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Experimentally measuring a sphere's moment of inertia See: Measurement of the Moment of Inertia of the Rotating Platform and Attached Cylinder. Once you build the platform and determine its moment of inertia you put a sphere on the platform and determine the moment of inertia for the system sphere - platform and then by subtraction the moment of the ...

3

There is a mutual attraction from gravity, and we generally only consider the smaller object here on earth because the earth is so massive, the acceleration of the earth is negligible. This is because $a = F/m$, and with equal $F$ between the two objects, the acceleration will scale as $a\propto 1/m$. For the earth, this leaves $a$ ridiculously small, but ...

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Does the bigger mass EVER move towards the smaller mass? Yes. $F = KMm/r^2$ $M*a_{M}=F$ $m*a_{m}=F$ As you see the smaller the mass the higher the acceleration and in consequence the higher the traveled distance in a given time t. If the above is true, can we technically move the Earth by us(human population) jumping indefinitely? No. Each ...

1

yes, the earth will accelerate towards you , however the Earth's acceleration will be so small for all practical purposes that you usually do not consider it. Earth's acceleration is small because the mutual forces between you and the earth are the same, but the masses are different, so this results in different accelerations (remember: $F=ma$). Now if you ...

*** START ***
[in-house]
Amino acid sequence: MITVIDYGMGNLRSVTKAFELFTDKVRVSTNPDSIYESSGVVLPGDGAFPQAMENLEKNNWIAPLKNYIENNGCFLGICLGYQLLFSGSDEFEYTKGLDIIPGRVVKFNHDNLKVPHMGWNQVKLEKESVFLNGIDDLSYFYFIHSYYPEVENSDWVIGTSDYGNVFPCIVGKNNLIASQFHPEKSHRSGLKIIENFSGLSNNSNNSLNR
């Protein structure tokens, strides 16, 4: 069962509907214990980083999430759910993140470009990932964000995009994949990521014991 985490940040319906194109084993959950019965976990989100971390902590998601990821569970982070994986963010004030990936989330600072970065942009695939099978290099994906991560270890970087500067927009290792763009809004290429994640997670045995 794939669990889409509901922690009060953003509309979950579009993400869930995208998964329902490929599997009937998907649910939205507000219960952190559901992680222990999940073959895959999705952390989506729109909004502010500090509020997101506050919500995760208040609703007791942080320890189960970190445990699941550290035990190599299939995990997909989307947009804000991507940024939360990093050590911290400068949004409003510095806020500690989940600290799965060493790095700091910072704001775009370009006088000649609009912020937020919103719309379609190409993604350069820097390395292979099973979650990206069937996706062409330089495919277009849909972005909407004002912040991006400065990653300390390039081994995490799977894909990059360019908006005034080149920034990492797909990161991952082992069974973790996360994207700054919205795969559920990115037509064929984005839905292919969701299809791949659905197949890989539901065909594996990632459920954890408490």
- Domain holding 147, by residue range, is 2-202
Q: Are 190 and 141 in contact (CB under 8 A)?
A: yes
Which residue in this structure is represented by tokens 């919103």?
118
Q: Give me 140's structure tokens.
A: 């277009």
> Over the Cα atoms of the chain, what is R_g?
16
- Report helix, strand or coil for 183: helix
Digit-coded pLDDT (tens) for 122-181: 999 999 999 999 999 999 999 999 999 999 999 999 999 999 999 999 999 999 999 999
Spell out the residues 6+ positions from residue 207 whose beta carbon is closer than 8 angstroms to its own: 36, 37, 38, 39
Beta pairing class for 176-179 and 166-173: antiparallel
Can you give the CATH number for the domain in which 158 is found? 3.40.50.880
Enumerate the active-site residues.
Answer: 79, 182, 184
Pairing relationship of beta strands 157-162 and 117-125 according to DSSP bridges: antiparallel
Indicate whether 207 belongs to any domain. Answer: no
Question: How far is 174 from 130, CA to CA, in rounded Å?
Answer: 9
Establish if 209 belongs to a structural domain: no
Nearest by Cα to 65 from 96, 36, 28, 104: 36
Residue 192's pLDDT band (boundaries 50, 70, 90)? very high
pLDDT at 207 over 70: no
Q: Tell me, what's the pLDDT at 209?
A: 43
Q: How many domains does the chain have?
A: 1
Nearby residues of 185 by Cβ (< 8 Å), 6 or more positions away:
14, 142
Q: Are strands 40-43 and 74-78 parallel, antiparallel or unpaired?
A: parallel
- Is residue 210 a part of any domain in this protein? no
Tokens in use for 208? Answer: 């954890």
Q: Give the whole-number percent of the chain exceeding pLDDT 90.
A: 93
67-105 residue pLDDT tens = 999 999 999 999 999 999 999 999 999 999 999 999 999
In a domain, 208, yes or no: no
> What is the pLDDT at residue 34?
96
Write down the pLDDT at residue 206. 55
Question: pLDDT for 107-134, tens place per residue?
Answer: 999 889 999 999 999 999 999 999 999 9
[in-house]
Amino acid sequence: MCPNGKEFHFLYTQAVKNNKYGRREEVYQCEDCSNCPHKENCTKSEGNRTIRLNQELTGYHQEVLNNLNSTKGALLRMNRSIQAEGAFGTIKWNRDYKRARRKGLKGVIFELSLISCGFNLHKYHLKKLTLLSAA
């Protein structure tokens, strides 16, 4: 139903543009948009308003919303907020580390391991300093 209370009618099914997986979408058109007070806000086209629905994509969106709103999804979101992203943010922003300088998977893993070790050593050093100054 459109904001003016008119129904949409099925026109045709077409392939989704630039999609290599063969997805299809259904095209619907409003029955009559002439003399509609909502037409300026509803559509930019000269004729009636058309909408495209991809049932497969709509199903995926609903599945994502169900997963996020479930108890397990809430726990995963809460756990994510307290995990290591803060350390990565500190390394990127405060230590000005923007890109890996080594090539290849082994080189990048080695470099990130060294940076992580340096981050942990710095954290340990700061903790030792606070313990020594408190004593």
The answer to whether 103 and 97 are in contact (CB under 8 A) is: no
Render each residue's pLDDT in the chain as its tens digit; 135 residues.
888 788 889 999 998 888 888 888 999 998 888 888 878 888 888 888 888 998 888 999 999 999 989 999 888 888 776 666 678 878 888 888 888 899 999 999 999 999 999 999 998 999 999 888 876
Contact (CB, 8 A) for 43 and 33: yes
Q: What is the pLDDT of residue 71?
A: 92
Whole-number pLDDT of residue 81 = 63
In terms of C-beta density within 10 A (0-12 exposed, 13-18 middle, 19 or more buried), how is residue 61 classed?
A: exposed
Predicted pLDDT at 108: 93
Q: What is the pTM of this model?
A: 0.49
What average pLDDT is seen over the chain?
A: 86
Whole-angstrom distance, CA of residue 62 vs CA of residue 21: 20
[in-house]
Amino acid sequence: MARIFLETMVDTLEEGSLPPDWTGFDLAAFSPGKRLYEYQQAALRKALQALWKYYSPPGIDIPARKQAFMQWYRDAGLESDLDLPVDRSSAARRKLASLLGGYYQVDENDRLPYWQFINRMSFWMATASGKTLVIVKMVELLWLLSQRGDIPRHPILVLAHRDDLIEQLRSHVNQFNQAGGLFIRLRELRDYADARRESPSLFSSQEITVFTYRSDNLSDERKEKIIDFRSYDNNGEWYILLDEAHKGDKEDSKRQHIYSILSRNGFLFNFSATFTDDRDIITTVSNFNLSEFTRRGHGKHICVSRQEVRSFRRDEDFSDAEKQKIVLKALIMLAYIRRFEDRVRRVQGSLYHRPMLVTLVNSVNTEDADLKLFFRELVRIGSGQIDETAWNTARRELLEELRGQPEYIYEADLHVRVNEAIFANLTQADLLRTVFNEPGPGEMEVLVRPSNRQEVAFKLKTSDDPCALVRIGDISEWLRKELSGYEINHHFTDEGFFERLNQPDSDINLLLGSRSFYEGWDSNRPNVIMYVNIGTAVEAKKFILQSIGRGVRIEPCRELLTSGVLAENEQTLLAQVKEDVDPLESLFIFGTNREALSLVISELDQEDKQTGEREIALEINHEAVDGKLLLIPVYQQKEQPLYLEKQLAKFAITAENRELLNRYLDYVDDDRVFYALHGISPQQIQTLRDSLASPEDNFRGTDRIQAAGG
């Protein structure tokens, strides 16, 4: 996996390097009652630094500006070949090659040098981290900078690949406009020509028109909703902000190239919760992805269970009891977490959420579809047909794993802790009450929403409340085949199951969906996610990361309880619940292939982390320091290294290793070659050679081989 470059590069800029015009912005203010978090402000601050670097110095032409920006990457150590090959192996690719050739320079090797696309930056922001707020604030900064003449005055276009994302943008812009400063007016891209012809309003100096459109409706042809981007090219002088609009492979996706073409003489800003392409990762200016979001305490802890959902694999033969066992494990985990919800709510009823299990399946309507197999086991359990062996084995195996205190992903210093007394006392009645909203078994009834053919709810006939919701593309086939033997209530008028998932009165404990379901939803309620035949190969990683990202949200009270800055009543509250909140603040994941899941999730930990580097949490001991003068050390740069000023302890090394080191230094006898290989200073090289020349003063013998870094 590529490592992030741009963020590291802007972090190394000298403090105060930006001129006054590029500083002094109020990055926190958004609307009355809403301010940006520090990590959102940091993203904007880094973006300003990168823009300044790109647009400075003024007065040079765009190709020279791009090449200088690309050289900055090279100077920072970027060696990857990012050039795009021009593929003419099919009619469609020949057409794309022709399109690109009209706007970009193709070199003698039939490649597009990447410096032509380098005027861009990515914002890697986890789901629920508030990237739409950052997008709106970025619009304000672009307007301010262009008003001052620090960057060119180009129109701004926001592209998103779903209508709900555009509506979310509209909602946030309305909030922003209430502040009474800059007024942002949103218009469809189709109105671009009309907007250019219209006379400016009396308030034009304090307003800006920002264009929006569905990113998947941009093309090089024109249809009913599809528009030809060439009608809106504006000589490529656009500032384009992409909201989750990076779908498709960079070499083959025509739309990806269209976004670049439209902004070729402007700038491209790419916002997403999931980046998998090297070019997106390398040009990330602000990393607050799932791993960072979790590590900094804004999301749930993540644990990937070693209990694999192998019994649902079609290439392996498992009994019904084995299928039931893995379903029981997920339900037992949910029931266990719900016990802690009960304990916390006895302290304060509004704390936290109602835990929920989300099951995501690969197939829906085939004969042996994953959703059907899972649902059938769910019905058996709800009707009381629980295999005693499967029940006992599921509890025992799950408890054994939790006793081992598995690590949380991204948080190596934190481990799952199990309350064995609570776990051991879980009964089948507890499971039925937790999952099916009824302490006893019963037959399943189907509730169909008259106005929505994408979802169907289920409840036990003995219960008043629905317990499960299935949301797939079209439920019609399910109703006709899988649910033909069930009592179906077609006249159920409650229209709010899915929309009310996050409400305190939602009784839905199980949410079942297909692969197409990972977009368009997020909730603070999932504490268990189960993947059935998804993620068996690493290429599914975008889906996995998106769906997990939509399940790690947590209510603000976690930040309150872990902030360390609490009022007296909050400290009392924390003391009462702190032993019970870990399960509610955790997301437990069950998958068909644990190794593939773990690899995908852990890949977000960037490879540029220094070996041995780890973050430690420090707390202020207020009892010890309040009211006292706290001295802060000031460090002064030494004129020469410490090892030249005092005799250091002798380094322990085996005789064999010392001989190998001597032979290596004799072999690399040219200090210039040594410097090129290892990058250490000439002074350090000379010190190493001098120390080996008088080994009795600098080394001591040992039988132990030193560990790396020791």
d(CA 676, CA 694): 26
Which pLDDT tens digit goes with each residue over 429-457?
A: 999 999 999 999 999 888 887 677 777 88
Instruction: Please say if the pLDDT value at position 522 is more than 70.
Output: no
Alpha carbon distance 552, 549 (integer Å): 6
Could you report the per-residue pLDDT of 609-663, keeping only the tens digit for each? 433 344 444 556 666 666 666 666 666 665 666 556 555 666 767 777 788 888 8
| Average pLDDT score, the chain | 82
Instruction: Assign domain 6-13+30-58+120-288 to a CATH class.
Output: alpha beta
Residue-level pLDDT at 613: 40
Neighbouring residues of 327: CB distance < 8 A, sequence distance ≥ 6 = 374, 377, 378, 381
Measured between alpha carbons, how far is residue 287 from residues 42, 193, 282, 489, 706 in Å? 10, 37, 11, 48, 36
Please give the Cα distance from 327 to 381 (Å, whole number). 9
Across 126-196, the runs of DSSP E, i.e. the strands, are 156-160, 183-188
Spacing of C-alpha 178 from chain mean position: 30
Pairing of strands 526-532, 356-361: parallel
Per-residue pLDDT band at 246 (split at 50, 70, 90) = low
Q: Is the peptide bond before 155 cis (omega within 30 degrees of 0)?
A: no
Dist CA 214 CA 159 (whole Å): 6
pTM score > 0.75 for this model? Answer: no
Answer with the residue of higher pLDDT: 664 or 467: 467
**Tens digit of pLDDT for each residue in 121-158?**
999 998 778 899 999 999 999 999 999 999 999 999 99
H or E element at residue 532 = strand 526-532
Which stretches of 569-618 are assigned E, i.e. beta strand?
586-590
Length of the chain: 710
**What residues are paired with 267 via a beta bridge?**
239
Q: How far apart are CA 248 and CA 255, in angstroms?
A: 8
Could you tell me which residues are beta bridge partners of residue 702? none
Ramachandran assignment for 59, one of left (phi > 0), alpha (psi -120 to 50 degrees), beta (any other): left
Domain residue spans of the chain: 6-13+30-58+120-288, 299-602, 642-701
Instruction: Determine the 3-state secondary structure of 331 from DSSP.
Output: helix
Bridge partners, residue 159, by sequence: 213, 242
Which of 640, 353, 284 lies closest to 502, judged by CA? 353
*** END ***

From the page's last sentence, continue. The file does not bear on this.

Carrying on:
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In all cases, the two objects move towards one another. In fact they experience exactly the same gravitational force. However, because acceleration equals force over mass $$\mathbf{a} = \frac{\mathbf{F}}{m}$$ that equal forces causes the heavier object to accelerate much less than the lighter one. But technically, the Earth does move towards you very ...

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If you accelerate relative to other objects, you will see them accelerate towards you. according to Newtons laws if a object is accelerated some force must be acting on it. but this acceleration is not causes by a real force, it is only caused by your own acceleration. Newtons laws then should no longer valid if you are accelerating. However, you can make a ...

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The total energy as a function of time is a constant and it is always equal to the potential energy in the point where $x=x_{max}$ and $v = 0$. The total energy is the work done to bring the free end of the spring from $0$ to $x_{max}$. So $E(t) = E = Work = kx_{max}^2/2 + ax_{max}^4/4$ You simply integrate $f(x)$ from $0$ to $x_{max}$

1

Hint: Use $$m\ddot{x}=-kx-x^3 \\\ddot{x}=v\frac{dv}{dx} \\-\frac{kx^2}{2}-\frac{ax^4}{4}=\frac{m}{2}\left(\frac{dx}{dt}\right)^2$$ It will reduce to a form $$\frac{dx}{dt}=ix\sqrt{c^2+x^2}$$ This is a standard integral, and can be solved, then use $$U=-\int f(x) dx \\T=\frac{1}{2}m\dot{x}^2$$ Total energy $E=T+U\; .$